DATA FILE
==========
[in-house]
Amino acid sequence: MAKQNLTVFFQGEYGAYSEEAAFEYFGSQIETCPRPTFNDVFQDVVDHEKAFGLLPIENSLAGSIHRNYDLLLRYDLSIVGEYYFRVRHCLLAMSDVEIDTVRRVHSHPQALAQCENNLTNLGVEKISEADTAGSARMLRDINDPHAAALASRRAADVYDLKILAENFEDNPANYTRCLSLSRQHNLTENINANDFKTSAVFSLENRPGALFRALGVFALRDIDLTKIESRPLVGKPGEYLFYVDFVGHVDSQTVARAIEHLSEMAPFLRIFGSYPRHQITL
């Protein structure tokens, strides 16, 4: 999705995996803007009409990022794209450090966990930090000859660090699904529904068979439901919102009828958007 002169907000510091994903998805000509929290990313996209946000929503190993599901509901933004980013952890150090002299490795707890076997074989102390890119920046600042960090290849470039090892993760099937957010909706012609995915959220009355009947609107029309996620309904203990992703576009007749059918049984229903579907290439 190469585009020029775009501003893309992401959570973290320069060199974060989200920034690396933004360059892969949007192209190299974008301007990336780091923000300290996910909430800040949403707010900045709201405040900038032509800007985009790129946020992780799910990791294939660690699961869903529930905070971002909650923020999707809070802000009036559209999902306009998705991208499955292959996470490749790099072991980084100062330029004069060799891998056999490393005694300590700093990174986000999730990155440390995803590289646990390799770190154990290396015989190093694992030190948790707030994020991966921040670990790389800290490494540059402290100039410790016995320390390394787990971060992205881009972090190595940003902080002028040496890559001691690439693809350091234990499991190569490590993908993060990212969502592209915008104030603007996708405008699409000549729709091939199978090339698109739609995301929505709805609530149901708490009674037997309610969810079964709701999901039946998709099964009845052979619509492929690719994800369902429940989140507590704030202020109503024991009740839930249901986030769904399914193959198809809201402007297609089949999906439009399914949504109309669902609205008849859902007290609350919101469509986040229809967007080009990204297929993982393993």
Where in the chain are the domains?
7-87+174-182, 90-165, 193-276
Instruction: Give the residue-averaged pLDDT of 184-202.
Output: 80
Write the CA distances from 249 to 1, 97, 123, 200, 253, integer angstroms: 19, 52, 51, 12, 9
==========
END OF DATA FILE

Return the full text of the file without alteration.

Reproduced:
[in-house]
Amino acid sequence: MAKQNLTVFFQGEYGAYSEEAAFEYFGSQIETCPRPTFNDVFQDVVDHEKAFGLLPIENSLAGSIHRNYDLLLRYDLSIVGEYYFRVRHCLLAMSDVEIDTVRRVHSHPQALAQCENNLTNLGVEKISEADTAGSARMLRDINDPHAAALASRRAADVYDLKILAENFEDNPANYTRCLSLSRQHNLTENINANDFKTSAVFSLENRPGALFRALGVFALRDIDLTKIESRPLVGKPGEYLFYVDFVGHVDSQTVARAIEHLSEMAPFLRIFGSYPRHQITL
């Protein structure tokens, strides 16, 4: 999705995996803007009409990022794209450090966990930090000859660090699904529904068979439901919102009828958007 002169907000510091994903998805000509929290990313996209946000929503190993599901509901933004980013952890150090002299490795707890076997074989102390890119920046600042960090290849470039090892993760099937957010909706012609995915959220009355009947609107029309996620309904203990992703576009007749059918049984229903579907290439 190469585009020029775009501003893309992401959570973290320069060199974060989200920034690396933004360059892969949007192209190299974008301007990336780091923000300290996910909430800040949403707010900045709201405040900038032509800007985009790129946020992780799910990791294939660690699961869903529930905070971002909650923020999707809070802000009036559209999902306009998705991208499955292959996470490749790099072991980084100062330029004069060799891998056999490393005694300590700093990174986000999730990155440390995803590289646990390799770190154990290396015989190093694992030190948790707030994020991966921040670990790389800290490494540059402290100039410790016995320390390394787990971060992205881009972090190595940003902080002028040496890559001691690439693809350091234990499991190569490590993908993060990212969502592209915008104030603007996708405008699409000549729709091939199978090339698109739609995301929505709805609530149901708490009674037997309610969810079964709701999901039946998709099964009845052979619509492929690719994800369902429940989140507590704030202020109503024991009740839930249901986030769904399914193959198809809201402007297609089949999906439009399914949504109309669902609205008849859902007290609350919101469509986040229809967007080009990204297929993982393993």
Where in the chain are the domains?
7-87+174-182, 90-165, 193-276
Instruction: Give the residue-averaged pLDDT of 184-202.
Output: 80
Write the CA distances from 249 to 1, 97, 123, 200, 253, integer angstroms: 19, 52, 51, 12, 9